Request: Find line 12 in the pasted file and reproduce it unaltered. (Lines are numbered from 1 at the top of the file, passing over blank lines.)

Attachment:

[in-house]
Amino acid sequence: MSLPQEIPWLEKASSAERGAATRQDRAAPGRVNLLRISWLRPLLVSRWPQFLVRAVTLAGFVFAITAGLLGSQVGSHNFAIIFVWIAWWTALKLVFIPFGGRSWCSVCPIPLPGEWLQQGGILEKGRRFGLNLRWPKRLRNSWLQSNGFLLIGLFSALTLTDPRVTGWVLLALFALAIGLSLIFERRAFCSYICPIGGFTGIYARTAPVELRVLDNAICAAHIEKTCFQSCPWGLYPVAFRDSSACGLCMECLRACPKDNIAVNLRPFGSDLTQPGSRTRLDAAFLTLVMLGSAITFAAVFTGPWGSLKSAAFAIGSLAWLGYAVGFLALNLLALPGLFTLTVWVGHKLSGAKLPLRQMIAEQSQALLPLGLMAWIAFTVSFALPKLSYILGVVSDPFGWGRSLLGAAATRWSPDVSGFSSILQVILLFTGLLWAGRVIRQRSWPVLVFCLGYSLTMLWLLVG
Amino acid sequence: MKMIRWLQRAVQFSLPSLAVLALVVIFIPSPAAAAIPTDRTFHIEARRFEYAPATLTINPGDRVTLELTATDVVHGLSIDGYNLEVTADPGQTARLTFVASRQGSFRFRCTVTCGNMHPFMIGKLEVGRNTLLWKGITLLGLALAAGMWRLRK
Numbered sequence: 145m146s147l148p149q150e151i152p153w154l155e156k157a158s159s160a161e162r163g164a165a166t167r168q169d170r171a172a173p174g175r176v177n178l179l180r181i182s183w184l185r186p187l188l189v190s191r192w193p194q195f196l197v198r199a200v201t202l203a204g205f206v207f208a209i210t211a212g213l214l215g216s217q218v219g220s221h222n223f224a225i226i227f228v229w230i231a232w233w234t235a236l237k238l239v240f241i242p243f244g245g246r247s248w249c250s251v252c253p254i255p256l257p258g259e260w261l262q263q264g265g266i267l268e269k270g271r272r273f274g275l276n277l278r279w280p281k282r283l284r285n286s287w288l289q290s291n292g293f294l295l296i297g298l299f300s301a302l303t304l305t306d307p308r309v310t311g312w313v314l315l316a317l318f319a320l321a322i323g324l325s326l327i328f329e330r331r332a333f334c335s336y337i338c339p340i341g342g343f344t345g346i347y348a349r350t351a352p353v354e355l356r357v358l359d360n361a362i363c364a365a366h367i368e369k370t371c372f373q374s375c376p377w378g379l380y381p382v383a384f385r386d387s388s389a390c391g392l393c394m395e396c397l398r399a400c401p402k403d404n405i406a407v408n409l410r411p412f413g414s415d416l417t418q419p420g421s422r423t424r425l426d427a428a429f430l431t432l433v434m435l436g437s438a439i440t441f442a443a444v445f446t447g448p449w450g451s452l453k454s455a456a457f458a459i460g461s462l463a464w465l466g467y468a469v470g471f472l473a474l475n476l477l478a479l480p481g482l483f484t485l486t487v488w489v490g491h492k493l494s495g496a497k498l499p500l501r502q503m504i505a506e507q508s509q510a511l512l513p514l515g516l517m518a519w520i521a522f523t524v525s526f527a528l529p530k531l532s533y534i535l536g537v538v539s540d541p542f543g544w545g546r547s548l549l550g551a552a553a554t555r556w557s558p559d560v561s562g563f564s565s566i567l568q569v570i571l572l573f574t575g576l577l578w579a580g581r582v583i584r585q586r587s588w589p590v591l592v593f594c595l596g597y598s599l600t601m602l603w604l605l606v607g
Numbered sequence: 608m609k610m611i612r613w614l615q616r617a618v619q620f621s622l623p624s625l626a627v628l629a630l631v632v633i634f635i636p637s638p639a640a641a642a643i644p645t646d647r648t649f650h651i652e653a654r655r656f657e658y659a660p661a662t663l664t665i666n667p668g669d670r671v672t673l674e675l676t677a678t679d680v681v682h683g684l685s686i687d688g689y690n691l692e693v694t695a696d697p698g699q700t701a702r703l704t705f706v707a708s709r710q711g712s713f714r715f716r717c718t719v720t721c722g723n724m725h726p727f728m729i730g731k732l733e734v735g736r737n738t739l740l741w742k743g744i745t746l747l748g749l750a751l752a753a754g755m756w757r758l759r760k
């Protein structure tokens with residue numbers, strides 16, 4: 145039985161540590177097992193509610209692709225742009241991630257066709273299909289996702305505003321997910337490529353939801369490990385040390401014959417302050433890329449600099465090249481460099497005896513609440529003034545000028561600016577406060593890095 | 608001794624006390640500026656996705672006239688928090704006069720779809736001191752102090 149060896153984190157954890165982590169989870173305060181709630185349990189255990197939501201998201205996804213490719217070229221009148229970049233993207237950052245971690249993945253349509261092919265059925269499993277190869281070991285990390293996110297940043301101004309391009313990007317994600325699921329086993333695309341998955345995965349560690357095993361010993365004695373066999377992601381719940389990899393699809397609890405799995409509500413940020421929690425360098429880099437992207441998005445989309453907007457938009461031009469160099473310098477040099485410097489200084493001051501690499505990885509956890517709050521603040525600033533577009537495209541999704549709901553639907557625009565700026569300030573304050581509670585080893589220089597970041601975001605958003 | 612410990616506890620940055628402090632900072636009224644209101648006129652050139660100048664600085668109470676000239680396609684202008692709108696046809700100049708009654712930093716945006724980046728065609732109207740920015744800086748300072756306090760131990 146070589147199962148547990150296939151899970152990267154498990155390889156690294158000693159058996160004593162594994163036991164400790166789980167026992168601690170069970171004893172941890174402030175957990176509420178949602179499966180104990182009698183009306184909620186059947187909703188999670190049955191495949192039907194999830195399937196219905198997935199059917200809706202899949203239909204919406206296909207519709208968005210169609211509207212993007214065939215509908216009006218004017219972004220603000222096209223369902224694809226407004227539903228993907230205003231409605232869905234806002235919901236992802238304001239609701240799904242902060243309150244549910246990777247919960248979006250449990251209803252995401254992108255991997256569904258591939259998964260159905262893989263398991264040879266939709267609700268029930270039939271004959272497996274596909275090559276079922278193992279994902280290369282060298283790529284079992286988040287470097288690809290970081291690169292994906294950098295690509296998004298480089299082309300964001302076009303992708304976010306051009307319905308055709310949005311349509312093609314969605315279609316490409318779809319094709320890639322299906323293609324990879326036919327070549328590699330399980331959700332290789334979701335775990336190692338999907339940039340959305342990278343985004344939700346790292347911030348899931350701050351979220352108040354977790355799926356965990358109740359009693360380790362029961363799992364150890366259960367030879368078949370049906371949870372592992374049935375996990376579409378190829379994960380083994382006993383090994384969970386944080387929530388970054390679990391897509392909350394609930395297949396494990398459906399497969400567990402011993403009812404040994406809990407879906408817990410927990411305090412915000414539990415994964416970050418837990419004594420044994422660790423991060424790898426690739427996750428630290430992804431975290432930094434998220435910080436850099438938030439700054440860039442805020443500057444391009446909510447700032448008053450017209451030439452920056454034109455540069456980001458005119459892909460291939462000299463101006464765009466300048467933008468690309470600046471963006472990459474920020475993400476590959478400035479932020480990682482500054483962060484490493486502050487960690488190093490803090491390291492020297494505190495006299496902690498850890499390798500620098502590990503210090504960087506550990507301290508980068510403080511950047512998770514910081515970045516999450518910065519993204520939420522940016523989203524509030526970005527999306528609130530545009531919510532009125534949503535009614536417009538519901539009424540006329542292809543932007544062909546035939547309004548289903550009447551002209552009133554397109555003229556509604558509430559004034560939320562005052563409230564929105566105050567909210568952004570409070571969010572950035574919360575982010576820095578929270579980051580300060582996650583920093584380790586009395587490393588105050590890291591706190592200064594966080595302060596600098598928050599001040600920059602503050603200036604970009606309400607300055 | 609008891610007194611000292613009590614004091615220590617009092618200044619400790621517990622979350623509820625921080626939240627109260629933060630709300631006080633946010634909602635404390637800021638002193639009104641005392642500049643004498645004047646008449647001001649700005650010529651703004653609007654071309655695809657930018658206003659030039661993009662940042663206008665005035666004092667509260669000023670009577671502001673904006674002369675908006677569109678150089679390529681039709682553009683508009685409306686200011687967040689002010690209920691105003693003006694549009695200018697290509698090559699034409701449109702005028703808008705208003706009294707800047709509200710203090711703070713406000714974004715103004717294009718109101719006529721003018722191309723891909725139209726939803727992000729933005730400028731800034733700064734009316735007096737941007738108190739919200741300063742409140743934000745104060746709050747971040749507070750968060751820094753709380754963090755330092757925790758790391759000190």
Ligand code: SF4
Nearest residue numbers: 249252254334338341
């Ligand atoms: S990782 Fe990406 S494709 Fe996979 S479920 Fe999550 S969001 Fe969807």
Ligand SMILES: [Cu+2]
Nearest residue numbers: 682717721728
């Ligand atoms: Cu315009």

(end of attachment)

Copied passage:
């Ligand atoms: Cu315009």